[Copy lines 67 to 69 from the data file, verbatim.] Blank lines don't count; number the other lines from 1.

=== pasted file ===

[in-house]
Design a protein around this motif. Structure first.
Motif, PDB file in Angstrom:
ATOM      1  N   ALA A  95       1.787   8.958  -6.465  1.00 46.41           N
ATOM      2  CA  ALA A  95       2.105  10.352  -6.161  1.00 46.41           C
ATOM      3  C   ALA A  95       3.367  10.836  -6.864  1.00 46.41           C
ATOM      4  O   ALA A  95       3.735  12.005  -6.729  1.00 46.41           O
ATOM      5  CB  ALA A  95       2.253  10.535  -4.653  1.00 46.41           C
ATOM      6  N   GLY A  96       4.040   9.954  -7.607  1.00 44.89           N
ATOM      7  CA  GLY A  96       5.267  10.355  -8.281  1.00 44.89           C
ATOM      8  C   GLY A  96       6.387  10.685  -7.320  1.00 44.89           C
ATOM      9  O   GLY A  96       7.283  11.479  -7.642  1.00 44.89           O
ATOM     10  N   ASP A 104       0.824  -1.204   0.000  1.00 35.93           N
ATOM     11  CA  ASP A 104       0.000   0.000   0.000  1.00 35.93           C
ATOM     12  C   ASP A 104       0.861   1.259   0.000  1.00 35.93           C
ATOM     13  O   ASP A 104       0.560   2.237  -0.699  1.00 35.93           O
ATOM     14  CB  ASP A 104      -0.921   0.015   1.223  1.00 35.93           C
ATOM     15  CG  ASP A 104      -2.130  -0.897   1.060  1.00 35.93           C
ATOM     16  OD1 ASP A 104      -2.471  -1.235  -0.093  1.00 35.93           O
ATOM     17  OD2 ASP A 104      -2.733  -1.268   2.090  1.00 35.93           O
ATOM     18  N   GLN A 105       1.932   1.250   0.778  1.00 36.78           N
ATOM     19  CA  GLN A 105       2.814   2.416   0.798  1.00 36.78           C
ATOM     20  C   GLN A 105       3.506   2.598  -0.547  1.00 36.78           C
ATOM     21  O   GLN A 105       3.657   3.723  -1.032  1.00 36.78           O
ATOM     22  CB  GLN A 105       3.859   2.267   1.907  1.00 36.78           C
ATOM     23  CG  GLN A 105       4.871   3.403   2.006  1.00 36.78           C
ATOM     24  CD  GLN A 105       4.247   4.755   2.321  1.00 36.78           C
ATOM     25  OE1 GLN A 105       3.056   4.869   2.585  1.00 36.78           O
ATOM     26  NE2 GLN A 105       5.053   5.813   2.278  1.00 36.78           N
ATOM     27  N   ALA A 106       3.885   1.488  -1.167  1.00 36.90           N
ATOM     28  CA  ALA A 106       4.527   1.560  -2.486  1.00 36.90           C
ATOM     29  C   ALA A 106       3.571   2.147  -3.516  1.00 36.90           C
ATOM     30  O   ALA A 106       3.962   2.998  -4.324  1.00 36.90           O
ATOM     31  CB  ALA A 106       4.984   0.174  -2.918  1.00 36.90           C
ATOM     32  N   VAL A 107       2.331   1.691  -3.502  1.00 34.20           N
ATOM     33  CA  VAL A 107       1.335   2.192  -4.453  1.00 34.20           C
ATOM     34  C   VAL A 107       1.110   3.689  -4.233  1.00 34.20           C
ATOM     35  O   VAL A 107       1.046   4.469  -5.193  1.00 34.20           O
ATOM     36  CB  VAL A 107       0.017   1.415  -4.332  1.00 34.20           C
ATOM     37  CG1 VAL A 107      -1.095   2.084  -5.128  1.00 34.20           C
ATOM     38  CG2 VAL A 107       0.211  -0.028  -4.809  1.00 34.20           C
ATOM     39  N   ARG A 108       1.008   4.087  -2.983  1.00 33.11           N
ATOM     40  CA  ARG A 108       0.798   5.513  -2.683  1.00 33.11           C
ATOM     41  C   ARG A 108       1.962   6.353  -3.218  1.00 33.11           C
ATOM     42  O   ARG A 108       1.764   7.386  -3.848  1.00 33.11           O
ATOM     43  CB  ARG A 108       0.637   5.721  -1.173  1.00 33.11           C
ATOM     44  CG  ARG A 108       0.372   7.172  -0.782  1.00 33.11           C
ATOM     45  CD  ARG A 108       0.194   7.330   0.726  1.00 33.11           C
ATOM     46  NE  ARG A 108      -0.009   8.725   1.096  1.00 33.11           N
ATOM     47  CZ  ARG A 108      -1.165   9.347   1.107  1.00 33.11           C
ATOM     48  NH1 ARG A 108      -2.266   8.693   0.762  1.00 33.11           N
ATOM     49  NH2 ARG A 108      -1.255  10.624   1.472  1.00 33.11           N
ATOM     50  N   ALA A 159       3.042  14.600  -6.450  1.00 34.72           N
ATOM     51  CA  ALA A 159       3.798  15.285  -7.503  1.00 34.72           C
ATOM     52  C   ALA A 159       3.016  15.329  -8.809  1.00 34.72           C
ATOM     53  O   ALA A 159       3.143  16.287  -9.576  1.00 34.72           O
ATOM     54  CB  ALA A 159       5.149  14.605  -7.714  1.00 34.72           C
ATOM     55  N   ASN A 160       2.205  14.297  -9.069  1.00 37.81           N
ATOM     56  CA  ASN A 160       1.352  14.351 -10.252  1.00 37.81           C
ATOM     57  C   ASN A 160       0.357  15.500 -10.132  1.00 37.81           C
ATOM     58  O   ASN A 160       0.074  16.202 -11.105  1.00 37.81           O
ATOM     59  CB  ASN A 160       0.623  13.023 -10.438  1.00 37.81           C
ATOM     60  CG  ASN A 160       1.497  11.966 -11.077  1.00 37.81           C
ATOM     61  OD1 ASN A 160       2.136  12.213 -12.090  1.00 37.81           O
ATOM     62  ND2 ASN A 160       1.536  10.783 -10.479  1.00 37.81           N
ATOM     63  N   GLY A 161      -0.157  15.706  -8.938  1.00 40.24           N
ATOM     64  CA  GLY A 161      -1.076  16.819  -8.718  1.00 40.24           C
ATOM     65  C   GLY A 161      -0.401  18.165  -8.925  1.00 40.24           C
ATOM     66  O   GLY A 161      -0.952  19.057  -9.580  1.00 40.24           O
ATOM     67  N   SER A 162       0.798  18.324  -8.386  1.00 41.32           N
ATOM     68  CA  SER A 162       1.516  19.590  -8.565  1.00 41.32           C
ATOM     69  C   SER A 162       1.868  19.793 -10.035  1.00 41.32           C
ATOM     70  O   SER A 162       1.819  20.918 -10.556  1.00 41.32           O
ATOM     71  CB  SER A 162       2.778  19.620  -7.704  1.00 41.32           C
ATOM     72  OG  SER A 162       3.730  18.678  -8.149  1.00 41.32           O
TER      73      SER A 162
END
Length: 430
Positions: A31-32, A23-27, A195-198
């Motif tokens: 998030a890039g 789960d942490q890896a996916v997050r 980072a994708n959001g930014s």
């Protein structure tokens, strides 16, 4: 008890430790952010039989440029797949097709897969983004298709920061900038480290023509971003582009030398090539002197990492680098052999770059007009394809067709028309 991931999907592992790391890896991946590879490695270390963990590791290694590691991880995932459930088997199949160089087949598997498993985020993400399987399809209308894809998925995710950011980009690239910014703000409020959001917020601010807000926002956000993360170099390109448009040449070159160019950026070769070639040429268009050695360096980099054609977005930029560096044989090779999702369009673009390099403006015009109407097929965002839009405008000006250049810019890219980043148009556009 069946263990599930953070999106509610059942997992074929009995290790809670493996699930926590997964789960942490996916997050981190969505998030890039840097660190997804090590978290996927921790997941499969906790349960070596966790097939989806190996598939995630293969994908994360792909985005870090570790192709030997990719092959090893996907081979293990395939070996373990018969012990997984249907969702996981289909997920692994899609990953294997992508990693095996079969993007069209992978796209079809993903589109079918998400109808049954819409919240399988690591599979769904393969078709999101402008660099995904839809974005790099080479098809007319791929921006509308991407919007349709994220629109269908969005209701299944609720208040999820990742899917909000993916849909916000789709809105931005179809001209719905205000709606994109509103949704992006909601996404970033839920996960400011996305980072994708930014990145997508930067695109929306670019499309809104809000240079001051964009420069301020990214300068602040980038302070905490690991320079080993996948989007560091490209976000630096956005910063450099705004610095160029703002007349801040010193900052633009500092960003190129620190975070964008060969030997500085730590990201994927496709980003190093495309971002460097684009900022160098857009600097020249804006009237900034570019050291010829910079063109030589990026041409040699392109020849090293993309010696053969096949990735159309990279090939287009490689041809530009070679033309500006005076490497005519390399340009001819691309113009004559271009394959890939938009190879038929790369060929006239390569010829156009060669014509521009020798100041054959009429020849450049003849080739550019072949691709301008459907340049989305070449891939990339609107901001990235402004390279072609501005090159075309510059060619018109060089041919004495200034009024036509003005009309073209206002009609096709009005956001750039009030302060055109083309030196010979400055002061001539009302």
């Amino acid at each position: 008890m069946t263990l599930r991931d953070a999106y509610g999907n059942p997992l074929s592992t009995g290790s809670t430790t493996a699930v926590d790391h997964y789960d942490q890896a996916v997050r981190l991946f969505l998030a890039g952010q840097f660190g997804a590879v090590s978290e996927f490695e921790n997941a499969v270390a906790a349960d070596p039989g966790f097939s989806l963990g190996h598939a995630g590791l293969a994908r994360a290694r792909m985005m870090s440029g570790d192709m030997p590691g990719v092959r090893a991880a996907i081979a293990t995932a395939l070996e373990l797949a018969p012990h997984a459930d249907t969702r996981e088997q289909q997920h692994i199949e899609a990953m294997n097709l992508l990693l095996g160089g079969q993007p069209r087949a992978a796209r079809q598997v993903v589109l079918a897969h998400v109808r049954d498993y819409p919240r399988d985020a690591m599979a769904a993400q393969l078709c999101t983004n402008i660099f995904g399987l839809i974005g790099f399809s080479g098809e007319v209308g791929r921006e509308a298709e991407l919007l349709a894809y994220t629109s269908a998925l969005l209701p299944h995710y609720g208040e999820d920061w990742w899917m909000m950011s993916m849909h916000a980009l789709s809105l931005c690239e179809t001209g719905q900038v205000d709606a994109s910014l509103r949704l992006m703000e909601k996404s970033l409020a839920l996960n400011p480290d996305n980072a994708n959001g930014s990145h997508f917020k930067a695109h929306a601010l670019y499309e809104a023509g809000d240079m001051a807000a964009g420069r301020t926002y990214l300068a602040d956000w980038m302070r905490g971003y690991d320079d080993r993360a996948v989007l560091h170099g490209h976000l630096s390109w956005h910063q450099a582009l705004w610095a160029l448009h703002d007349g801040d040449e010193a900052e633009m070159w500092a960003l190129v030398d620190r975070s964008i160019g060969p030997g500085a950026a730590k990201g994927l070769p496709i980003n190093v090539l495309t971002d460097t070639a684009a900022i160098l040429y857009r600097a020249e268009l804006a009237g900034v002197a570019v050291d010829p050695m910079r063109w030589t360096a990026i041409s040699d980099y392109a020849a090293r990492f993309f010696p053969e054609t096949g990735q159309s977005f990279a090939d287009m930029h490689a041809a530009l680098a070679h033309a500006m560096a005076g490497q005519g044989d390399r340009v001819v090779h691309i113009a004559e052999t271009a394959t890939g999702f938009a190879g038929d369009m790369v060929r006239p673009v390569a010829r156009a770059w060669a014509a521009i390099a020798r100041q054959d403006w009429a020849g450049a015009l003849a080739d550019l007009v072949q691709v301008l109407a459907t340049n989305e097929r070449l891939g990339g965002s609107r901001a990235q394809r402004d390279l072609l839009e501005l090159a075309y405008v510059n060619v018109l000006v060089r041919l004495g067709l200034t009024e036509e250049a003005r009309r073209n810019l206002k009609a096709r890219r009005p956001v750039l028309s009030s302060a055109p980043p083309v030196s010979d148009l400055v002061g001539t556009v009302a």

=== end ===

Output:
ATOM     64  CA  GLY A 161      -1.076  16.819  -8.718  1.00 40.24           C
ATOM     65  C   GLY A 161      -0.401  18.165  -8.925  1.00 40.24           C
ATOM     66  O   GLY A 161      -0.952  19.057  -9.580  1.00 40.24           O